I encourage you to think a bit outside the box and consider a yeshiva that may not be 100% in line with where you stand hashafically. You noted that your children are in a Modern Orthodox school. It may be worth considering a school that is a bit more yeshivish if it is a lot cheaper. I’ve had clients and friends who have moved their kids to more yeshivish institutions due to frustration with their local schools. Fundamentally you want a school that will instill a love of yiddishkeit in your children. Everything else is just gravy.

The drawback to this approach is that it may be more challenging socially for your children. However, kids are resilient and will adapt to their new environment. Furthermore, it can be an excellent temporary solution to provide you with the financial breathing room you need. If your kids are still in elementary school, you can have them rejoin the Modern Orthodox Yeshiva system for high school if your financial situation has improved.

Strategies to pay back credit card debt: I’m not an expert on credit card debt, but here are a few options to consider for handling your credit card debt.

1) Call credit card company and work out payment plan: Most people don’t take the initiative, but if you are willing to proactively speak to your credit card companies, they may be willing to negotiate more favorable repayment terms.

2) Consider a snowball approach: This strategy, which has been popularized by personal finance personality Dave Ramsey, focuses on paying down the account with the lowest balance first. As you direct your larger payments toward that balance, you must continue making minimum payments on your other accounts to avoid paying late fees, hurting your credit, or defaulting. Once the smallest debt is fully paid off, you move onto the remaining smallest balance. This process continues until you pay down all your debt. Psychologically, this is a helpful approach since it allows you to get small wins by quickly eliminating small debt balances, so you build momentum and confidence to tackle larger debts.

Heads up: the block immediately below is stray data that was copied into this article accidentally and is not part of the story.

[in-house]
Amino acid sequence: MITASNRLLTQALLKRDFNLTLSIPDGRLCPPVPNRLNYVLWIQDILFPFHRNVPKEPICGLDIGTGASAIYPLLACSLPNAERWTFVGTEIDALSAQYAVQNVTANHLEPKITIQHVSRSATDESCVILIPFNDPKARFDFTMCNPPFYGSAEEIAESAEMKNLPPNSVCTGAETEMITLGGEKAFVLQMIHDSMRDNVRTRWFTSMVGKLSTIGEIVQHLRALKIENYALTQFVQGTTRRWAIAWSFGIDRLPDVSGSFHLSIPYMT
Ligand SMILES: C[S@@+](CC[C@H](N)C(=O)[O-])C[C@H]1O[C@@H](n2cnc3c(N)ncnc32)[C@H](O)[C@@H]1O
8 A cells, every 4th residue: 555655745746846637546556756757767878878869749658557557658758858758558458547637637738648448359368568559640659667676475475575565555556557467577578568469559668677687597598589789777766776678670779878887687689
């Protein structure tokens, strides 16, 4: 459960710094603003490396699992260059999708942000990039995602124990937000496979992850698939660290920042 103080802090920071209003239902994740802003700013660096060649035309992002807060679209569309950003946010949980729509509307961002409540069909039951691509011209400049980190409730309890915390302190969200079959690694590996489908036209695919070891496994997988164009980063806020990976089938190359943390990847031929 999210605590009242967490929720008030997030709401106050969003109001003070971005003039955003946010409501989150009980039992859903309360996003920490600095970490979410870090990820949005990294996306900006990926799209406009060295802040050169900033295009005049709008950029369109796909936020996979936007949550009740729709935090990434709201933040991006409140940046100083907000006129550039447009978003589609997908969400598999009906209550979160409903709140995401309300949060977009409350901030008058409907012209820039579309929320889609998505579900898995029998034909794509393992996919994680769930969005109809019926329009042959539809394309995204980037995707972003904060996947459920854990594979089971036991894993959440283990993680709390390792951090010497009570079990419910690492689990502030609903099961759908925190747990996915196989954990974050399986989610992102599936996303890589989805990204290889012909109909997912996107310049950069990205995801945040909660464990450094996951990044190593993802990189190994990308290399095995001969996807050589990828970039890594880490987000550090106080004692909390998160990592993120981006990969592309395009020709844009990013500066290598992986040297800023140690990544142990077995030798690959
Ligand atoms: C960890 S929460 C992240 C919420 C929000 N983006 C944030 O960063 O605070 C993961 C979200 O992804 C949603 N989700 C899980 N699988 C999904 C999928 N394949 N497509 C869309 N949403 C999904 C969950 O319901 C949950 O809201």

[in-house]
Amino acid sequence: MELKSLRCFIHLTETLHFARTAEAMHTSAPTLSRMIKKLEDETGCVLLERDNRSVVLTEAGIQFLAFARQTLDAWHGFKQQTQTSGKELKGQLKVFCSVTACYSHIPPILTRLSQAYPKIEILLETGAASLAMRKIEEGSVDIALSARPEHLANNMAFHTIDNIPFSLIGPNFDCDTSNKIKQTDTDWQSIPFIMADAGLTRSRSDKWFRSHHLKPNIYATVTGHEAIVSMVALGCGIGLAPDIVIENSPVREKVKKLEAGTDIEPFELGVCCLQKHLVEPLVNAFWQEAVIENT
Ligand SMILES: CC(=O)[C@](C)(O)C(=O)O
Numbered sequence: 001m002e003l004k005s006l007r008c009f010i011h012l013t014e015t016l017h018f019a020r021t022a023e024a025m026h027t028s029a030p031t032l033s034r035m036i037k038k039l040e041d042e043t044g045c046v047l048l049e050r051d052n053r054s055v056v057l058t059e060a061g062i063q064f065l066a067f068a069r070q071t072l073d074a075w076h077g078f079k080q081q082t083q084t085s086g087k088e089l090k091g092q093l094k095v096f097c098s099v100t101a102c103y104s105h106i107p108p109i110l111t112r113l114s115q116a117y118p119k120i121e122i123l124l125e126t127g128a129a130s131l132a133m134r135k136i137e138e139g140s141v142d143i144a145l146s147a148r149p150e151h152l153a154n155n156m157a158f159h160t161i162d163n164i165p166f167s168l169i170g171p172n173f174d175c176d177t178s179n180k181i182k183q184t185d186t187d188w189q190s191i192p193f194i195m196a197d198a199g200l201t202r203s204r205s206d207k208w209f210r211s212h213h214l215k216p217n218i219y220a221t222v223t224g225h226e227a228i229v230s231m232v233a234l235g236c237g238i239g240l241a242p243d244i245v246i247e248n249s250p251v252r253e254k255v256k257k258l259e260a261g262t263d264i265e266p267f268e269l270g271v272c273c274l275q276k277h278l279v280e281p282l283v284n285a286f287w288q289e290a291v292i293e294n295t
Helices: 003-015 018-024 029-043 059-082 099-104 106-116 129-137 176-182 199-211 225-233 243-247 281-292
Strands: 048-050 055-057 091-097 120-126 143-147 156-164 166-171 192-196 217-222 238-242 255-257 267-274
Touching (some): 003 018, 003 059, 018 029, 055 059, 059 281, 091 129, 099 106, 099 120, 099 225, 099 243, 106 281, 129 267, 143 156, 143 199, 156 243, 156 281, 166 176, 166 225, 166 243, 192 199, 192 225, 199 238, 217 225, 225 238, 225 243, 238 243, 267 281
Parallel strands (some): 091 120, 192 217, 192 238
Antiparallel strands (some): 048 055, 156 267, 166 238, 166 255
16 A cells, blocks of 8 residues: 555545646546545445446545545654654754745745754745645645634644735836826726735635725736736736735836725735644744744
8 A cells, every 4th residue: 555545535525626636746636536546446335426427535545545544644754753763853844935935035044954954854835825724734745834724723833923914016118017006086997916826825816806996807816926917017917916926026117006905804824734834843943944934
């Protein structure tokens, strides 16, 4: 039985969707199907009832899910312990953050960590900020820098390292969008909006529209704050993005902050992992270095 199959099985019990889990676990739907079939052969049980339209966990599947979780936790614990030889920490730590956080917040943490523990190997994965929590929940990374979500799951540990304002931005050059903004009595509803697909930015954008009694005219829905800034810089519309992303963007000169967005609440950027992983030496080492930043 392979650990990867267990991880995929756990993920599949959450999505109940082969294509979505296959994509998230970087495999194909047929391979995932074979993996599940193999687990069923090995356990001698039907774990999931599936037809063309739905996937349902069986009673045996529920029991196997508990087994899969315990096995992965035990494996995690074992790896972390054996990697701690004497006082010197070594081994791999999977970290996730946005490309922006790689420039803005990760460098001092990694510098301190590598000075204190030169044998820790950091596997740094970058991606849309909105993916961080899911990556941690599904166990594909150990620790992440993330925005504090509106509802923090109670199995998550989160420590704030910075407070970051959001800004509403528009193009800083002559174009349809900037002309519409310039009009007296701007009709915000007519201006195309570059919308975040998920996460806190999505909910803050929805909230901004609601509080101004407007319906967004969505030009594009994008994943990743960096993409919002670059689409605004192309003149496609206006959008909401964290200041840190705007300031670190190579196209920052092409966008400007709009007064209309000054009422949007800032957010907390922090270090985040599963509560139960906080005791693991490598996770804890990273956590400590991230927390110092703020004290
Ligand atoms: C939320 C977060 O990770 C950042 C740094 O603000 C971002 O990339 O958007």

3) Debt avalanche method: This is where you focus payments on high-interest debts first, while making the minimum payments on the rest of your accounts. When the account with the highest interest rate is paid off, put the money you’d allocated for it toward the debt with the next-highest interest rate. You repeat this process until all your credit cards have been paid off. The biggest benefit of this approach is it allows you to save on interest charges.

4) Credit card consolidation: You can also transfer the debt balance on all your credit to a card that offers a 0% interest rate for up to two years. During this time frame, do whatever you can to pay off all this debt in full while there is no additional debt accumulating on your balance. After the initial grace period ends, interest will begin accruing again at rates that are just as high as your current cards, so plan accordingly.

Ultimately, your predicament will require tough decisions for your family. Thankfully, the options I suggested are all practical steps to climb out of your challenging situation. Taking the proper actions today will allow you to become debt free in a few years without sacrificing your children’s Jewish education.

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Jonathan I. Shenkman, AIF® is the President and Chief Investment Officer of ParkBridge Wealth Management. In this role he acts in a fiduciary capacity to help his clients achieve their financial goals. He publishes regularly in financial periodicals such as Barron’s, CNBC, Forbes, Kiplinger, and The Wall Street Journal. He also hosts numerous webinars on various wealth management topics. Jonathan lives in West Hempstead with his family. You can follow Jonathan on Twitter/YouTube/Instagram @JonathanOnMoney.